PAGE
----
Pentagon: Al Qaeda, ISIS Presence Unknown Amid U.S. Evacuations From Afghanistan

The United States military doesn't know the size of al Qaeda and other terrorist organizations' presence in Afghanistan, as troops attempt to evacuate thousands of Americans and Afghan allies from the country that's been overtaken by the Taliban.

"We do not believe it is exorbitantly high," Pentagon spokesman John Kirby told reporters Friday. "It's not like they carry identification cards and register somewhere."

The admission came less than two hours after President Joe Biden defended the decision to put an end to the longest war in U.S. history and withdraw American troops from Afghanistan by implying that al Qaeda was no longer in the country.

"What interest do we have in Afghanistan at this point with al Qaeda gone?" Biden told reporters during an update Friday on the status of evacuations. "We went to Afghanistan for the express purpose of getting rid of al Qaeda in Afghanistan, as well as getting Osama bin Laden, and we did."

Biden also said the United States would shift its focus to terrorism threats from al Qaeda and other Islamic extremist groups proliferating in other countries.

"The threat from terrorism has metastasized," Biden said. "There's a greater danger from [the Islamic State] and al Qaeda and all these affiliates in other countries by far than there is from Afghanistan."

The United States has been ramping up evacuations from Afghanistan following the fall of Kabul on Sunday.

A White House official told reporters the military airlifted 5,700 American citizens, Afghans who aided the United States during the past two decades of war and members of their families in a 24-hour period through Friday afternoon. Roughly 15,000 people have been evacuated since Saturday, plus an unknown number of people who have gotten out through private channels. The U.S. military had evacuated about 5,000 the two weeks prior.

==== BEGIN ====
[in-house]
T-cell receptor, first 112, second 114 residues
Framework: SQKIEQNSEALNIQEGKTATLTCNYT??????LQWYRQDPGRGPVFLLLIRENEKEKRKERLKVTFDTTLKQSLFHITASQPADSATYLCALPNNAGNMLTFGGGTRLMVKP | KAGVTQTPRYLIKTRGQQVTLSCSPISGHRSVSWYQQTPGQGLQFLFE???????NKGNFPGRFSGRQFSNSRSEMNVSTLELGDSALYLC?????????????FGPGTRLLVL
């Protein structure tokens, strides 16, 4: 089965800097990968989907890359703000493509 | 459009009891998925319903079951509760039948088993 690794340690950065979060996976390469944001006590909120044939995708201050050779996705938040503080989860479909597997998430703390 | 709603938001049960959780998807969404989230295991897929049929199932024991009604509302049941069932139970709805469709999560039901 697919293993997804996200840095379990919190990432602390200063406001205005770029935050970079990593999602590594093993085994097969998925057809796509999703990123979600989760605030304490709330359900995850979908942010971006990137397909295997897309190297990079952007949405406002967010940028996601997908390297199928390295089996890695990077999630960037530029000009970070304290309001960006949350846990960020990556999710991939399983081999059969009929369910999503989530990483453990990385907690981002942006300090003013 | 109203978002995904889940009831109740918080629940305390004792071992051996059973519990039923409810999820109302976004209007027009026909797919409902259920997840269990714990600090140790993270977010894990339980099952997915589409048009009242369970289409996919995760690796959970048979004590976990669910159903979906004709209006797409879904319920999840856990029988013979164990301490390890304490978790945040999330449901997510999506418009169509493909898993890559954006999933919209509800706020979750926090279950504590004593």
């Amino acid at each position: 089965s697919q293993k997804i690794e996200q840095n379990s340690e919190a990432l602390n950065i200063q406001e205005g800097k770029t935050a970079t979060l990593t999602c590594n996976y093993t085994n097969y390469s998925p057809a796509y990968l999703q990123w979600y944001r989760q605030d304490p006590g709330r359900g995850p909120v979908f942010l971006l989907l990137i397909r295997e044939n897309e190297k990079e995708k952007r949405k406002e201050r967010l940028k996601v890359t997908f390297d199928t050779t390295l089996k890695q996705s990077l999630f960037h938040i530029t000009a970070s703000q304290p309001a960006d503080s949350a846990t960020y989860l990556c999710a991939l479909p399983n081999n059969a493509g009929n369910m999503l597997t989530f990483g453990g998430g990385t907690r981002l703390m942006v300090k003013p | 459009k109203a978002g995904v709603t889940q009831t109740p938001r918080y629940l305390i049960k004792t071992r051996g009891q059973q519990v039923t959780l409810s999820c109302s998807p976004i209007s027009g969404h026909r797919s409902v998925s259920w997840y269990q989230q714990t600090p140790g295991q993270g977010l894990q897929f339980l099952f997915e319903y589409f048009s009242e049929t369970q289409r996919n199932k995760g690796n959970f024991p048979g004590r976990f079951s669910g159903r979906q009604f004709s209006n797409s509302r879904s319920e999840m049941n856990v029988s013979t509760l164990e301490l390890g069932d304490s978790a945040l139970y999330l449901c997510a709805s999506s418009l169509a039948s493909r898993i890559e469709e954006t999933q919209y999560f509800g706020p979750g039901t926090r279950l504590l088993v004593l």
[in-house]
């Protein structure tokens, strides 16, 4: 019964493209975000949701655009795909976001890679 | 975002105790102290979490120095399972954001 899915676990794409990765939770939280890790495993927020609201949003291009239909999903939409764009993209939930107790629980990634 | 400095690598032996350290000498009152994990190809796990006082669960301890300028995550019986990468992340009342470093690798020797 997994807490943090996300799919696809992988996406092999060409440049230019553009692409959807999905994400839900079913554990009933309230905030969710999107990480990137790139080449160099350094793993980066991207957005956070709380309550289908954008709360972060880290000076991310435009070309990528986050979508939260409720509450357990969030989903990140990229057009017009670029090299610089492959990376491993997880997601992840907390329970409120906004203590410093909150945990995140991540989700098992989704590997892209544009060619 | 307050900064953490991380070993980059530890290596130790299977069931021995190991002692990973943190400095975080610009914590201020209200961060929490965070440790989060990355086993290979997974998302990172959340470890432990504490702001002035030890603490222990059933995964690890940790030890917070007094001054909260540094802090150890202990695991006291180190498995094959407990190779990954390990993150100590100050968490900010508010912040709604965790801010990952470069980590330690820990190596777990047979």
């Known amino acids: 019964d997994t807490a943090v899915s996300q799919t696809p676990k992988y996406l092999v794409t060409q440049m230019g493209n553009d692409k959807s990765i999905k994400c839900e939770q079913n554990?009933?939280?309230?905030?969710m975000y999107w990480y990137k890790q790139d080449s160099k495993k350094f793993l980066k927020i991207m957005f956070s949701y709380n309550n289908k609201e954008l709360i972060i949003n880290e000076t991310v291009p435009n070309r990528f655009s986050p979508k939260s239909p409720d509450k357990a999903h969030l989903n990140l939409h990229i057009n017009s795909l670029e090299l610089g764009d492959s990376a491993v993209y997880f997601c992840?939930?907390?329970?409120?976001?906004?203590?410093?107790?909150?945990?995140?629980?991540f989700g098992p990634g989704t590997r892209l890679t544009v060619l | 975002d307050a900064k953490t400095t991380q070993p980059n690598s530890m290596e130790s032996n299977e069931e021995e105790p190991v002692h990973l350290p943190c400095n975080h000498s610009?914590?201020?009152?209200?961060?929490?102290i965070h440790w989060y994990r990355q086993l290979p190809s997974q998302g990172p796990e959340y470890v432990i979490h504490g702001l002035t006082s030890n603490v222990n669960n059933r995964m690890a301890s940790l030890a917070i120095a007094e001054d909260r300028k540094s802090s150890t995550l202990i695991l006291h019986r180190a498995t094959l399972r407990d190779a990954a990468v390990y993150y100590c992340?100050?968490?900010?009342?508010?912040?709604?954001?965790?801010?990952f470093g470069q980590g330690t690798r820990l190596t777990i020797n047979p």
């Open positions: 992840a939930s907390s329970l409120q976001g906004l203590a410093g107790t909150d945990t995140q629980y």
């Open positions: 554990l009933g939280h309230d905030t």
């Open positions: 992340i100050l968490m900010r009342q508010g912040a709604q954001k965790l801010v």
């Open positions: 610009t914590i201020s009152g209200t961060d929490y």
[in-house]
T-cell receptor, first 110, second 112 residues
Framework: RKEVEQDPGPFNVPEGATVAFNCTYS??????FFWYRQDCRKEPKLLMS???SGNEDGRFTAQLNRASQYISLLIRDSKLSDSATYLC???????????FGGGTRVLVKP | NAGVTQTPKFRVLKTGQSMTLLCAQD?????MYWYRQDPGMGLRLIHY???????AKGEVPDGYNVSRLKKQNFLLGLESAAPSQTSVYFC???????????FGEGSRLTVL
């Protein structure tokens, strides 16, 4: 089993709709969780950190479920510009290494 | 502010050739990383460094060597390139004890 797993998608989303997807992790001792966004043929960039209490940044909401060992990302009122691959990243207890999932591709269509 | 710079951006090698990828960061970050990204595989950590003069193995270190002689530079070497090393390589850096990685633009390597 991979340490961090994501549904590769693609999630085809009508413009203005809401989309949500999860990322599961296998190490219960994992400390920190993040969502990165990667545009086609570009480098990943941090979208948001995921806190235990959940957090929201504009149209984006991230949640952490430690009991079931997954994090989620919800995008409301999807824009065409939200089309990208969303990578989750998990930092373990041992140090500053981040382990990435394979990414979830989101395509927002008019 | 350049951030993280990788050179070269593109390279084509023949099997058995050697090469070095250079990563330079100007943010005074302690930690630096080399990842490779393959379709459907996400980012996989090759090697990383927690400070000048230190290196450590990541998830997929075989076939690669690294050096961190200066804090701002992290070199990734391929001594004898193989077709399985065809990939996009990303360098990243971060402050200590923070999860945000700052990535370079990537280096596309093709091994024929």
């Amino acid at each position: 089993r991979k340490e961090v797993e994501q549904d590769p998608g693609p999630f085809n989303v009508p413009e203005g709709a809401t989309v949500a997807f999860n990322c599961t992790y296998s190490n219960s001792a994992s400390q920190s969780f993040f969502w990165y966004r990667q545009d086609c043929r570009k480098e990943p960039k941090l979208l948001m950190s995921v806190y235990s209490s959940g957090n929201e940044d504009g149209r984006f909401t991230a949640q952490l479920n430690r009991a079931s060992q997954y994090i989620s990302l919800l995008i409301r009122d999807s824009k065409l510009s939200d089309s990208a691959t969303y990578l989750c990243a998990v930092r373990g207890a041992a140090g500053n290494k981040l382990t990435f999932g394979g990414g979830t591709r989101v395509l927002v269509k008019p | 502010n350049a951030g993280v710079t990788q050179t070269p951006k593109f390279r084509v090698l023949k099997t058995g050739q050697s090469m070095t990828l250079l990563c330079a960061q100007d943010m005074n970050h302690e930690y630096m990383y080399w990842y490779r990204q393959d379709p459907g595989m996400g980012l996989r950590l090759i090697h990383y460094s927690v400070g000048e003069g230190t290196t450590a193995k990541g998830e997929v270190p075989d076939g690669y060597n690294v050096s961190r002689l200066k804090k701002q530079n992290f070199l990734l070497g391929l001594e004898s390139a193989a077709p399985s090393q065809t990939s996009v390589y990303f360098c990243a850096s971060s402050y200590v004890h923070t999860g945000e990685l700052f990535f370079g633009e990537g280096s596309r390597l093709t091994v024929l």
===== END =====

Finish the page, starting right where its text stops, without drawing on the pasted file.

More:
Officials don't know how many Americans remain in Afghanistan who want to leave, but Biden said the mission will continue until all are out.

"Any American who wants to come home, we will get you home," Biden said in his second public address since the Afghan government fell to insurgents over the weekend.

Kirby stressed that the al Qaeda in Afghanistan isn't thought to be a threat to the United States.

"What we believe is that there isn't a presence that is significant enough to merit a threat to our homeland, as there was back on 9/11, 20 years ago," he said.

The war was launched in the wake of the September 11 terrorist attacks that killed nearly 3,000 people.

The goal was to "decimate al Qaeda" and prevent terrorists from launching attacks from Afghanistan, Kirby said.

"We did that and a whole heck of a lot more over the course of 20 years," he said.

Shortly after taking office, Biden, who has long called for removing troops from Afghanistan, vowed they would be out by the 20th anniversary of the attacks this year. He later moved that deadline to August 31, before the Taliban took over, creating chaos and forcing the evacuation of the U.S. Embassy in Kabul.

Al-Qaeda threat lingers in Afghanistan, Pentagon acknowledges
"Any American who wants to come home, we will get you home," President Joe Biden said on Friday. Members of Syria's top jihadist group the Hayat Tahrir al-Sham (HTS) alliance, led by al-Qaeda's former Syria affiliate, parade with their flags and those of the Taliban's declared "Islamic Emirate of Afghanistan" through the rebel-held northwestern city of Idlib on Friday. OMAR HAJ KADOUR / AFP/Getty Images